For example, retail fueling and the automotive aftermarket are likely to do well when cars get back on the road, especially as gasoline prices have fallen significantly. In addition, while food retail and waste management are not often seen as defensive sectors to invest in, strength in those areas will help offset weakness in industrial applications, hospitality, restaurants, and oil and gas. The latter is an area Dover has significantly reduced its exposure to in recent years.
The second reason comes from management's initiatives to reduce selling, general, and administrative (SG&A) costs in order to improve operating margins. The plan also calls for reinvestment to encourage growth and improve profitability.
The chart below shows the progress the company has made in the last couple of years. Management plans to generate more improvements in 2020.
While its impossible to know if revenue in 2021 will be higher than in 2019, management recently gave its first-quarter 2020 earnings report and indicated that the second quarter of 2020 would be the weakest quarter under the current forecast and it expects "incremental improvement through Q4." In other words, the trend should turn upward by the third quarter of 2020 and Dover could be growing revenue in 2021. Throw in the prospect of higher margin due to ongoing cost cuts and Dover could be in relatively good shape, provided the economy is growing. That makes it a stock to buy.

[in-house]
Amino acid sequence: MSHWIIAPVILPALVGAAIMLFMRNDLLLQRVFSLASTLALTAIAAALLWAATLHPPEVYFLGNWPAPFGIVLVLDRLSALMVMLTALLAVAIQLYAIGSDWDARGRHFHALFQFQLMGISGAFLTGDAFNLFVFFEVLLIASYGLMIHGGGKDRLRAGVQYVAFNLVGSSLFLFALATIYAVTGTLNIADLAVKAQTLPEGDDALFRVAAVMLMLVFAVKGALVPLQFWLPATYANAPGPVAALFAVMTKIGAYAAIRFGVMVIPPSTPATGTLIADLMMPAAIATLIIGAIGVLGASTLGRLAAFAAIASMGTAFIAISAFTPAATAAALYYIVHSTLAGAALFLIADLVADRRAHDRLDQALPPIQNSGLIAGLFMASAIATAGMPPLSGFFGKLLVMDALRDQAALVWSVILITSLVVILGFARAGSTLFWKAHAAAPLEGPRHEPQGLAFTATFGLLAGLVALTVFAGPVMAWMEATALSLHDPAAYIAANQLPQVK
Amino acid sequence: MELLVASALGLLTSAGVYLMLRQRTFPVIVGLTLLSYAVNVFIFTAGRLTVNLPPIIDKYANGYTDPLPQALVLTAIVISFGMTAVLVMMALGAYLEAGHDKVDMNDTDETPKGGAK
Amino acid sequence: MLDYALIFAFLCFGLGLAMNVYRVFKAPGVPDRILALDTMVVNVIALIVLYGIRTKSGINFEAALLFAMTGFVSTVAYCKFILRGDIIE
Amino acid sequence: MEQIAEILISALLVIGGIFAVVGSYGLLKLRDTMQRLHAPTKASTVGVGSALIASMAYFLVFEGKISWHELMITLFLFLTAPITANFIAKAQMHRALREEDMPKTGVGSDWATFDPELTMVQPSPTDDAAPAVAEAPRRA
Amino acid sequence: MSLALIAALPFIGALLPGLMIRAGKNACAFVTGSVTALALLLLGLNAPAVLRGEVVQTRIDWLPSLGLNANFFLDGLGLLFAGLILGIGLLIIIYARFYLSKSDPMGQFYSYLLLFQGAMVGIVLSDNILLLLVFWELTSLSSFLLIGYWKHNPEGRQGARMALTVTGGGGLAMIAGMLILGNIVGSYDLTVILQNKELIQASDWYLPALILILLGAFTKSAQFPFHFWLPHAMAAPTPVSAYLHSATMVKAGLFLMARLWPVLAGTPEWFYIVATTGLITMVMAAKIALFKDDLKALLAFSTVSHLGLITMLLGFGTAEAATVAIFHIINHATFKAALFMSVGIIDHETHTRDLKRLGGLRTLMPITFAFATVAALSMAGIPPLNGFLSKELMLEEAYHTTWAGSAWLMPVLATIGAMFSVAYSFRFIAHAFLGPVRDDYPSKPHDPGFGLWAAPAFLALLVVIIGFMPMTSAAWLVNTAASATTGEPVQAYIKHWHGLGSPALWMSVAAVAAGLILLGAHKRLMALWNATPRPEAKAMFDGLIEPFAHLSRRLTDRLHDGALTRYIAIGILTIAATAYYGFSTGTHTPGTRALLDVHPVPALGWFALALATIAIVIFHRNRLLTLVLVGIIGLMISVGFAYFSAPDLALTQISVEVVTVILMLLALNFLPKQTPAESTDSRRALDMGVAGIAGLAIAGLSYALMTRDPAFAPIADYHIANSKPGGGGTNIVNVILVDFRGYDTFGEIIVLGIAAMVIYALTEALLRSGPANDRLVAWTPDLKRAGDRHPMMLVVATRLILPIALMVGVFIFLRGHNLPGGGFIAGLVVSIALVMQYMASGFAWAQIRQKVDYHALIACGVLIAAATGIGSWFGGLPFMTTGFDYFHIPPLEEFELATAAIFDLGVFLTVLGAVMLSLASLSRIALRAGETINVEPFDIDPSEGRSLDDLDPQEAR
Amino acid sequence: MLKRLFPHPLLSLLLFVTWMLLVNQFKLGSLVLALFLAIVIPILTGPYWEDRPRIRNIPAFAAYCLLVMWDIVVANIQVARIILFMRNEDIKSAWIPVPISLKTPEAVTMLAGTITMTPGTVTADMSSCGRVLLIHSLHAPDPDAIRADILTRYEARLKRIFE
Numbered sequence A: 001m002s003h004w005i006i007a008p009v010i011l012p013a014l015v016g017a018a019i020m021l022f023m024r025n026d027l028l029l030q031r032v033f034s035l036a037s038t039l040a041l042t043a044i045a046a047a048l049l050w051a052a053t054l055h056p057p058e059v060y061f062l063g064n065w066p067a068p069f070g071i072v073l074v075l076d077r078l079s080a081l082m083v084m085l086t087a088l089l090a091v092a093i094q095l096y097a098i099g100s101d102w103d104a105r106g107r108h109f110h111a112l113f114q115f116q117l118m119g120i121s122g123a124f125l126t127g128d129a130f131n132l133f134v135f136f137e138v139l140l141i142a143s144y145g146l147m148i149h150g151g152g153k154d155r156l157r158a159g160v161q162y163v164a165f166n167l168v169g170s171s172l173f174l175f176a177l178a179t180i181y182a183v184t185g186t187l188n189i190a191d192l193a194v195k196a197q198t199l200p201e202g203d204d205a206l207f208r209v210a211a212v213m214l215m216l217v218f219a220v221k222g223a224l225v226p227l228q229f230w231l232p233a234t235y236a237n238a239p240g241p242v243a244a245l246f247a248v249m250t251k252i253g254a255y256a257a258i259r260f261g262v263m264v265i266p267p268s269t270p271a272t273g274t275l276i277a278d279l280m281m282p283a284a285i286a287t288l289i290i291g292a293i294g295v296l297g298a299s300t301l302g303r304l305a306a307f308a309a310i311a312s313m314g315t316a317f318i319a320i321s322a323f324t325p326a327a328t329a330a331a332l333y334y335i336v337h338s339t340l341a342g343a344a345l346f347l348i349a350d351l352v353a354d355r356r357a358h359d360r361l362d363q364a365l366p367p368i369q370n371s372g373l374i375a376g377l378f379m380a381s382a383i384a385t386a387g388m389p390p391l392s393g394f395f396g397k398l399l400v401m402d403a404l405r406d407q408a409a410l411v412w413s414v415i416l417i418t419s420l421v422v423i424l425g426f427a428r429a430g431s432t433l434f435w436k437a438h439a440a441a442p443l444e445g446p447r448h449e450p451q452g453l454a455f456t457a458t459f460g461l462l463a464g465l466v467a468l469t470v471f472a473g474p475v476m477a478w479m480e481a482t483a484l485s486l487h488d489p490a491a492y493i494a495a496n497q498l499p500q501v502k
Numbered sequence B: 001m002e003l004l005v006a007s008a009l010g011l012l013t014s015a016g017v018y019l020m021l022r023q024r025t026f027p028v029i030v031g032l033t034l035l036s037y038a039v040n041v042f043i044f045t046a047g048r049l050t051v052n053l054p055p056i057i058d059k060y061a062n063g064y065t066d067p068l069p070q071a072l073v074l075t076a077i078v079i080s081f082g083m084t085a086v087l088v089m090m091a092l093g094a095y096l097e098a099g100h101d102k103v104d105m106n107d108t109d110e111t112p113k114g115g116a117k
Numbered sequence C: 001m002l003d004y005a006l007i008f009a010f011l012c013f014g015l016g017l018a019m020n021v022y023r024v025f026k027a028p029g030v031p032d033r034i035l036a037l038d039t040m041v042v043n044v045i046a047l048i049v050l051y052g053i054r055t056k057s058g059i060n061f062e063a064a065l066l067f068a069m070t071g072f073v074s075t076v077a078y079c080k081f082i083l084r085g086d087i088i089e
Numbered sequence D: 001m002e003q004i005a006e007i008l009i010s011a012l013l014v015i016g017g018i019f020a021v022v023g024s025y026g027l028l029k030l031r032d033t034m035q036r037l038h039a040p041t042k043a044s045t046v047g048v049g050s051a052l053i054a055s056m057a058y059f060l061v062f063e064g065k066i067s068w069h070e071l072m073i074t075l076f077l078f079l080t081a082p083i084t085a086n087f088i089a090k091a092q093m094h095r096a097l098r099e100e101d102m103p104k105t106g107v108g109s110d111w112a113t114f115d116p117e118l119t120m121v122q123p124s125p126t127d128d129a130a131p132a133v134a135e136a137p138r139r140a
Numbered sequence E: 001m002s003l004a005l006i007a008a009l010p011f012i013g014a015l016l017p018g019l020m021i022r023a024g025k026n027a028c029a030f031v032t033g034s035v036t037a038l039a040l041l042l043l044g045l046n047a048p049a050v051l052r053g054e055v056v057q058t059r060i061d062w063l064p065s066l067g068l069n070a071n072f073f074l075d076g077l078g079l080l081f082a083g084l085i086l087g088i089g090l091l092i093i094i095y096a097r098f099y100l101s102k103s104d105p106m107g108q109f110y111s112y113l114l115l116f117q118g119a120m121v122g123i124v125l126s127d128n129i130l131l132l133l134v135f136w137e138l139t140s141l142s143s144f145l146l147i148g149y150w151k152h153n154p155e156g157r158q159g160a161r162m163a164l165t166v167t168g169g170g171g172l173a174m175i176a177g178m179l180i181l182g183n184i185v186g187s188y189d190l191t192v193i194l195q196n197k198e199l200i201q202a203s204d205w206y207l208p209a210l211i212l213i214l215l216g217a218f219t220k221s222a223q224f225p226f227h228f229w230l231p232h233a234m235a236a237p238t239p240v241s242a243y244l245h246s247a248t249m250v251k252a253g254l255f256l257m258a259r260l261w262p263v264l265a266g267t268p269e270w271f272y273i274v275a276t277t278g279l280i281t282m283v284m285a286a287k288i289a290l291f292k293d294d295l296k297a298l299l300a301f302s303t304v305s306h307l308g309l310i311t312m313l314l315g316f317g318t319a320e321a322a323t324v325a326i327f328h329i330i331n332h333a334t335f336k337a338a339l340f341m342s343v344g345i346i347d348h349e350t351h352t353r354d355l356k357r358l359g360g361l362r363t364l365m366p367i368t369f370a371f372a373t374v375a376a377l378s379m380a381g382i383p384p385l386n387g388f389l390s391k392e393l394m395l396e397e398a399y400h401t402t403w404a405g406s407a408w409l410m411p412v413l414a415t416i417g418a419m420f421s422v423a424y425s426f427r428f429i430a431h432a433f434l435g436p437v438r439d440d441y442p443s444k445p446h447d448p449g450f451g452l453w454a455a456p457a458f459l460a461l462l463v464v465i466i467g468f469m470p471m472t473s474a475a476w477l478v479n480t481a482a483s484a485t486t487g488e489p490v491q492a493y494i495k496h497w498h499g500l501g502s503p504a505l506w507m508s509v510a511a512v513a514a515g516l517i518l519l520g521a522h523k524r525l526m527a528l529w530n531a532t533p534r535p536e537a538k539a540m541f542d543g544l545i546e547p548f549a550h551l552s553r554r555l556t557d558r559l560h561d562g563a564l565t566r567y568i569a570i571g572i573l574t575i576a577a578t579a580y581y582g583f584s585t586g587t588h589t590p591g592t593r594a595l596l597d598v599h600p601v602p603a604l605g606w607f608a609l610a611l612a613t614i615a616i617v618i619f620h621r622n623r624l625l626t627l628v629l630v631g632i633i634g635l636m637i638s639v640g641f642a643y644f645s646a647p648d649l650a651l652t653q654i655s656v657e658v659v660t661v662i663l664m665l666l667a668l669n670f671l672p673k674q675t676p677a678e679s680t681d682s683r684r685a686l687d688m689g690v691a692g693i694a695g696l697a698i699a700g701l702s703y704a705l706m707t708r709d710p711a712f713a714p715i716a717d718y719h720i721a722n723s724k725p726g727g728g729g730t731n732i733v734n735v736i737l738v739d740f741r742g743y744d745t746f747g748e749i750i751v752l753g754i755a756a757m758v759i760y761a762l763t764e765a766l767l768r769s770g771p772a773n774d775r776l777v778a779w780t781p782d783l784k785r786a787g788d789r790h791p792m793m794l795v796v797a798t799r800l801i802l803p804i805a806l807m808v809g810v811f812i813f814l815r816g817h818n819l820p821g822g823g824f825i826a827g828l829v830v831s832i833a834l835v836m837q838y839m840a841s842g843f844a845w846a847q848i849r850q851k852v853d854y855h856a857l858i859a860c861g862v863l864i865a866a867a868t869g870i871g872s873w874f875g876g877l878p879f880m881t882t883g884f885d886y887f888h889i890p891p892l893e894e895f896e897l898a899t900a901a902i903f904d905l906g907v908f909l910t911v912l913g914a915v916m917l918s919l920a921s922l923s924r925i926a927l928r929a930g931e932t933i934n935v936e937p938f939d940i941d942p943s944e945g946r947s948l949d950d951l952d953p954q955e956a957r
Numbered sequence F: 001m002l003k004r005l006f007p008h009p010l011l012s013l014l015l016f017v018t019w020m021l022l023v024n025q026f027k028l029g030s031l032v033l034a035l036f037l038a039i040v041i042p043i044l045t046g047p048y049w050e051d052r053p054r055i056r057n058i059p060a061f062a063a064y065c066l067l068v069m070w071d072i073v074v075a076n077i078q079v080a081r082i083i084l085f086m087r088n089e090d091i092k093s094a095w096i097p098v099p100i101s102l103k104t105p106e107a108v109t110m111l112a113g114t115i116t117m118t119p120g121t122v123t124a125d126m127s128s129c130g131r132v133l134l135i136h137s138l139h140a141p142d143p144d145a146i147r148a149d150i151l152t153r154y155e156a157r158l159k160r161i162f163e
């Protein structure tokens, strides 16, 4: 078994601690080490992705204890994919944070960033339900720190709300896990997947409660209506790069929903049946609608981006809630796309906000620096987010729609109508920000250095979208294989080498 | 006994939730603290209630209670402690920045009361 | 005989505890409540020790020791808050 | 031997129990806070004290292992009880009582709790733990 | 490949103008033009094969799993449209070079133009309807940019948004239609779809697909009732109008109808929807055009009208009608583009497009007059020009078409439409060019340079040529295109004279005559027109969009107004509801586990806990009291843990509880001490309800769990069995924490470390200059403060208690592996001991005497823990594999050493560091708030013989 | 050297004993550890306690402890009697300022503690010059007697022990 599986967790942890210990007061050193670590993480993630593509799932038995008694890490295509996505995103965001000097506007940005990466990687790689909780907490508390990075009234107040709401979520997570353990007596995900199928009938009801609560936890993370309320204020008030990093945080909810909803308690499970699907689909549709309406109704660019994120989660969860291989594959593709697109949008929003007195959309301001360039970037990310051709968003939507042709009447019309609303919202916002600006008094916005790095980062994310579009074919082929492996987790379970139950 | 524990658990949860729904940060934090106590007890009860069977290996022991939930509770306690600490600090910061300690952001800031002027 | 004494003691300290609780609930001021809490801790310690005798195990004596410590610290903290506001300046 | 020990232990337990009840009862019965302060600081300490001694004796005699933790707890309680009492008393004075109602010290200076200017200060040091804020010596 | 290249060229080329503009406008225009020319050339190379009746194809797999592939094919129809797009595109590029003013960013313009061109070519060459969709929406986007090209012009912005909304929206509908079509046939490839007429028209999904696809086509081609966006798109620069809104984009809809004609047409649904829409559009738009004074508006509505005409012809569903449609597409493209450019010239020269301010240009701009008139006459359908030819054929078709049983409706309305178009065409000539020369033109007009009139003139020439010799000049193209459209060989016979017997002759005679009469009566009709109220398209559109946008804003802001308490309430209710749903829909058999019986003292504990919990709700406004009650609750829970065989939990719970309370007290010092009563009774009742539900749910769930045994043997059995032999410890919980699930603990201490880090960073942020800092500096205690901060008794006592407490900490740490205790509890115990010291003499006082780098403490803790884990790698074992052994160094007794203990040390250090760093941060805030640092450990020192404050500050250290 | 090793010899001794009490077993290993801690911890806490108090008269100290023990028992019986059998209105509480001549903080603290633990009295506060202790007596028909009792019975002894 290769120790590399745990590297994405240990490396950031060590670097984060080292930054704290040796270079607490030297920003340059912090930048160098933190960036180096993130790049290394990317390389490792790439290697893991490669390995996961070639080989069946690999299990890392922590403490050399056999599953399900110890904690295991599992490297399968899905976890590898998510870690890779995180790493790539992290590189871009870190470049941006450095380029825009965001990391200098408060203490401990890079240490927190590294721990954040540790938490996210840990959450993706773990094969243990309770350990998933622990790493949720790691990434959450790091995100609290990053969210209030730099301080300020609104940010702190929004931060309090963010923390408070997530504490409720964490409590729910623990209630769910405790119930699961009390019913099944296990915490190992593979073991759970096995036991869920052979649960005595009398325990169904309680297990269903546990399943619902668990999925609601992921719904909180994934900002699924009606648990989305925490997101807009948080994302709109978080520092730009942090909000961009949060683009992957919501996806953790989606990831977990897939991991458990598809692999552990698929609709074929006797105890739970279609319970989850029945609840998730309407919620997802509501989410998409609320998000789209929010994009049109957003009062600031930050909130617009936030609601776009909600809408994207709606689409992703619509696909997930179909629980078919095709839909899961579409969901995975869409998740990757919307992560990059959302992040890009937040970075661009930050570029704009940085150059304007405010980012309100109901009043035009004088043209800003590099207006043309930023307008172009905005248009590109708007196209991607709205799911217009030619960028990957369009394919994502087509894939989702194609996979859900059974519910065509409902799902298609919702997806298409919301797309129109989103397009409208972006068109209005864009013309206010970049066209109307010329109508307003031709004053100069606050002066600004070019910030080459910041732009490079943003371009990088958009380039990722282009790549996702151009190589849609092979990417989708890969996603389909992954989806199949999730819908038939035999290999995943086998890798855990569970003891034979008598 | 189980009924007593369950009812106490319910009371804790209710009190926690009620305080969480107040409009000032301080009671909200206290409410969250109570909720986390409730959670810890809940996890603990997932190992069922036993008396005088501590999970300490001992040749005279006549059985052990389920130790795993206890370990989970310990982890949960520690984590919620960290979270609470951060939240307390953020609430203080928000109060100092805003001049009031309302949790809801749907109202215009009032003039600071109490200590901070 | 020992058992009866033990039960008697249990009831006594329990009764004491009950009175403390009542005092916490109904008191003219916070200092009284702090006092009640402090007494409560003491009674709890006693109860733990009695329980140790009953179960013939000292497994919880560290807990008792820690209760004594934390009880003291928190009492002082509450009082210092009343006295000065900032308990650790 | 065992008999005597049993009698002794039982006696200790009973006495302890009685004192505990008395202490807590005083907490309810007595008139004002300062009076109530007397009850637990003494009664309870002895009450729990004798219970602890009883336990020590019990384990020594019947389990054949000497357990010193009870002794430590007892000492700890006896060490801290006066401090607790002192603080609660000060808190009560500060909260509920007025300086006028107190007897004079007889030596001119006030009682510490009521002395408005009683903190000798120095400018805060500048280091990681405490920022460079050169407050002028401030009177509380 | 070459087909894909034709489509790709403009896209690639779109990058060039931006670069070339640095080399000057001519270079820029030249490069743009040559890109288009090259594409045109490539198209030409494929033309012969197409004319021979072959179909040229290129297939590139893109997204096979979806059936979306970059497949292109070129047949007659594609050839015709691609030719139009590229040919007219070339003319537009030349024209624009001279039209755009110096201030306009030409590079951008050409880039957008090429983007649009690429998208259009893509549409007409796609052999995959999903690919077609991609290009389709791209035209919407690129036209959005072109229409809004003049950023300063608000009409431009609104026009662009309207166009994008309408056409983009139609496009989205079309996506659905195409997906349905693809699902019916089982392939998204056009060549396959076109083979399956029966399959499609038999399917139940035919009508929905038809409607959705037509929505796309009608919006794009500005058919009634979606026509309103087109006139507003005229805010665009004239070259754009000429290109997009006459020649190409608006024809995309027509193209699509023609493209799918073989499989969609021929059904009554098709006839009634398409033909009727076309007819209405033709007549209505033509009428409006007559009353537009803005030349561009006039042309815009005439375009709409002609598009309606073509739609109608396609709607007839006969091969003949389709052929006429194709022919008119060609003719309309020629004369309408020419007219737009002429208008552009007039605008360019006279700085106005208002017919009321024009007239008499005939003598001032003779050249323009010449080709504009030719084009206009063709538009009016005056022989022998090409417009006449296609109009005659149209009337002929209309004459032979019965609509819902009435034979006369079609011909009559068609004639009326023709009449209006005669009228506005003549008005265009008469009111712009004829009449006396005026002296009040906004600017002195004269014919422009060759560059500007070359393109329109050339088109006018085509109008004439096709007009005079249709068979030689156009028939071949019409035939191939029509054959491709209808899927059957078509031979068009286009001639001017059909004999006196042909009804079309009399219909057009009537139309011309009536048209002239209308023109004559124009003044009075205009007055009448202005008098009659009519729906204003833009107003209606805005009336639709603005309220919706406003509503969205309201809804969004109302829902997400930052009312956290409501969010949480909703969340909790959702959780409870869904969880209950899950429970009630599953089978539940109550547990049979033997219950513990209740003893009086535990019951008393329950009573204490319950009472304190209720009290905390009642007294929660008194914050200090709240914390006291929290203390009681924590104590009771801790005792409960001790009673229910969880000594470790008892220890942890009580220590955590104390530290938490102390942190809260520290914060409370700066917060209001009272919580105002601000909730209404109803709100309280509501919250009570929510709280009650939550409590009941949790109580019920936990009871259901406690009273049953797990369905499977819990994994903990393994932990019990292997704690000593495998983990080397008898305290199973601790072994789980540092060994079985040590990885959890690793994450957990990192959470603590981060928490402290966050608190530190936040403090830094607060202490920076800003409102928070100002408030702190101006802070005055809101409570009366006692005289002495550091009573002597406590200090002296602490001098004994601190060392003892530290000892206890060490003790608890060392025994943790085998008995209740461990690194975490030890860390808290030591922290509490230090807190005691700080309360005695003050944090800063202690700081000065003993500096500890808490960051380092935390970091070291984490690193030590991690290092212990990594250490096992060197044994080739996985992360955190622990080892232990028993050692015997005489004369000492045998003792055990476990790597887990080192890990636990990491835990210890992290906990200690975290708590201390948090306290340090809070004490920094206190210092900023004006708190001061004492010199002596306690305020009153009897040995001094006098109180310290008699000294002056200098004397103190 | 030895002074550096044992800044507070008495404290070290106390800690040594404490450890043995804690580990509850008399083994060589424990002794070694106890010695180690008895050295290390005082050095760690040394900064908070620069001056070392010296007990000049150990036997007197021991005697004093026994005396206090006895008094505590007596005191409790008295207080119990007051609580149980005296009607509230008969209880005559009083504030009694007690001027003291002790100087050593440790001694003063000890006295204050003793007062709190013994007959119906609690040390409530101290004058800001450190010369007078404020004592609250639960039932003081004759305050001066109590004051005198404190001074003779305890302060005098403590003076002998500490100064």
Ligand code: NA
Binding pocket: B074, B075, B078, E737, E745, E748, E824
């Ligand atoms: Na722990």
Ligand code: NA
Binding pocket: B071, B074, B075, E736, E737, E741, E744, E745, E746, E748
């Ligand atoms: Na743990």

Engineering software company Dessault Systemes is also highly likely to see its sales impacted by the COVID-19 pandemic. After all, companies tend to cut back on investments in developing new products when their own sales growth is in reverse. But Dassault has a number of long-term trends behind it that should enable strong growth to resume after the pandemic is contained.